Researchers at the University of California, Berkeley released a report on Monday which questions the validity of sustainability tools to transform the industry, as they exist today.
The four-year study spearheaded by UC Berkeley’s professor of environmental and labor policy, Dara O’Rourke; and PhD candidate Niklas Lollo focused on one tool in particular: the Higg Index, or rather its Higg Facility Environmental Module.
The Sustainable Apparel Coalition — which housed the Higg Index tools before the technology company Higg Co. was formed as a separate for-profit firm in May 2019 — granted researchers access to its complete data set, survey data from its leading facilities as well as several case studies, to inform the research.
While the independent research acknowledged how the “Higg Index has laid an important foundation for factory measurement” it found that “its effectiveness in driving real action has been limited by slow progress on transparency and a lack of incentives between buyers and factories.”
“After 11 years with unsatisfactory improvements in environmental outcomes, there remains a healthy and substantial skepticism of the Higg Index, the SAC, and the industry’s ability to drive substantial changes on their own,” the report read, adding “the SAC and the industry need to include public transparency and meaningful incentives to drive greater changes.”
The extent of public disclosures and transparency is a line straddled by every industry standard-setting body and regulator, and even more so as cracks in the system are widened from the coronavirus pandemic.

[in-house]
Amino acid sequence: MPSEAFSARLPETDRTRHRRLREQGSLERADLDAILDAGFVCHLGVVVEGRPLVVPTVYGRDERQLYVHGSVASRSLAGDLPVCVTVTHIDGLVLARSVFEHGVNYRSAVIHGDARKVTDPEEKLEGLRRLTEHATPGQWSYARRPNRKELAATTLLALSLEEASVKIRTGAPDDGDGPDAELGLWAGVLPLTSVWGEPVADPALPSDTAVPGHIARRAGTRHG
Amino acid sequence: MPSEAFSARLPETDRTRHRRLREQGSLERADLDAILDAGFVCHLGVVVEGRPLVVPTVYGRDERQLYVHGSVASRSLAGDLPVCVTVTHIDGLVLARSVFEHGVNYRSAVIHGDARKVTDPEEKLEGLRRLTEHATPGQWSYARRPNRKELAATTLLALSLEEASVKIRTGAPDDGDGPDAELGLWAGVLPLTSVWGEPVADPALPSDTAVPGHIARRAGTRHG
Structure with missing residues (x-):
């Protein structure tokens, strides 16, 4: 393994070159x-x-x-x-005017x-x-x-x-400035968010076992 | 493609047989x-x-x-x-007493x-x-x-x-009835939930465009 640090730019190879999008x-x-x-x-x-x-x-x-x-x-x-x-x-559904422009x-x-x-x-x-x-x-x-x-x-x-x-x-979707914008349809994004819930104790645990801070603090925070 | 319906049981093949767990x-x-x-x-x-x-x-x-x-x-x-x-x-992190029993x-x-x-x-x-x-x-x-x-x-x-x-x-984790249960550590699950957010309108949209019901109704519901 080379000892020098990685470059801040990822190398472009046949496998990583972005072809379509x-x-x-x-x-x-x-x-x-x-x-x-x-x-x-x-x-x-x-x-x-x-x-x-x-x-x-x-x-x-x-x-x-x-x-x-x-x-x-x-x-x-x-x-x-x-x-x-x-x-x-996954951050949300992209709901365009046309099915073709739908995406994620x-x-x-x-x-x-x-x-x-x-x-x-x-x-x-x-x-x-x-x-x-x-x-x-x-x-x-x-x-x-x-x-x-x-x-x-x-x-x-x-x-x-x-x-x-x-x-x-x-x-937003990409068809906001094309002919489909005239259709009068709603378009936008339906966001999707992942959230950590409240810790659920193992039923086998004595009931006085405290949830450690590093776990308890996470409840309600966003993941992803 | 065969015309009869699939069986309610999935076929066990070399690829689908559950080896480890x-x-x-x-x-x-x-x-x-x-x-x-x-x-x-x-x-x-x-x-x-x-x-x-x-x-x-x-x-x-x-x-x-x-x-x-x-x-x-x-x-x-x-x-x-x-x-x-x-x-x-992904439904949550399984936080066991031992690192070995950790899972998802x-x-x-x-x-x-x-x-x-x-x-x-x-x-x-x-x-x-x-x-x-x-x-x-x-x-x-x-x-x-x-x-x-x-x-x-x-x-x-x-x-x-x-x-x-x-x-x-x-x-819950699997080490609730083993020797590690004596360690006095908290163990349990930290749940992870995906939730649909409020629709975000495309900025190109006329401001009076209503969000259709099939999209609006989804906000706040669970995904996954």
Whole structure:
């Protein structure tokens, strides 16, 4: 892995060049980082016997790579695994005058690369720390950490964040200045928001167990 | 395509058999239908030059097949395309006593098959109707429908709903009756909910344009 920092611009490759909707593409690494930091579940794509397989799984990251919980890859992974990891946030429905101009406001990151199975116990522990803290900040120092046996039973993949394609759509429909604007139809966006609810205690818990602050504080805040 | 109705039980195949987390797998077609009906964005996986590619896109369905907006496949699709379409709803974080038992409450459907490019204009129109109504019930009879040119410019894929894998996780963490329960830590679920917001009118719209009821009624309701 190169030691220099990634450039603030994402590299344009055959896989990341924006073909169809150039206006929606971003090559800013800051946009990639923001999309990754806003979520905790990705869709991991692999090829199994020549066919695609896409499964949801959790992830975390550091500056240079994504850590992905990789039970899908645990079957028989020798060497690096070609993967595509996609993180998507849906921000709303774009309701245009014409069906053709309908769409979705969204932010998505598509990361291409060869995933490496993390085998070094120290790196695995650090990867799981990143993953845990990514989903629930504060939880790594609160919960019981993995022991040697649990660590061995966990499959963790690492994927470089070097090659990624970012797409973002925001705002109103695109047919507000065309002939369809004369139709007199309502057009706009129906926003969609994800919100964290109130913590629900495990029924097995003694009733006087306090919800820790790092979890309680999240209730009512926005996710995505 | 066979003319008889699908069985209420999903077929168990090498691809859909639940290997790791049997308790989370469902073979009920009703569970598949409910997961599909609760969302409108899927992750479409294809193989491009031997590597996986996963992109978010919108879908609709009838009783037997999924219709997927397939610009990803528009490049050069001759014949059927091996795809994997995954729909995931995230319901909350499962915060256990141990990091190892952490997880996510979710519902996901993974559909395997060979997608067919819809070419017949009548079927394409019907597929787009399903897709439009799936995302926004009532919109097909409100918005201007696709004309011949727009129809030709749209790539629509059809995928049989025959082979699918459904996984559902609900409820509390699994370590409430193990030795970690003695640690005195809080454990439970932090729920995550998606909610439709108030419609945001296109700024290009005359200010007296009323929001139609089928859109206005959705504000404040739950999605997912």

In the past, groups like the International Wool Textile Organization and Organisation for Economic Cooperation and Development have made recommendations for the Higg Index. In the former, the wool organizations called for product life-cycle impacts in the Higg Materials Sustainability Index specifically around microplastics, in a 2018 report which criticized the “exclusion of impact categories” and data quality.
Earlier this August, the Higg MSI was updated to include a new “background LCA database” through software called GaBi, which includes information on plastics and has the potential for combing 12,700 data sets.
Calling for more than good intentions, the report cites a newfound urgency.
“While there is no doubt still need for high-touch capacity building programs, the industry needs to move to faster,” citing a “system with clear mechanism and incentives to identify and drive solutions at scale” that garners an inclusive approach and “meaningfully” includes “workers, communities, and stakeholders.”
“Stakeholders need to be involved in agenda-setting, directing resources and monitoring. On top of these efforts, real public transparency will help to build legitimacy, and will create additional incentives for action and innovation. It is time for the global apparel industry to take the next steps in driving sustainability deeply into core business processes and incentives,” the recommendations concluded.
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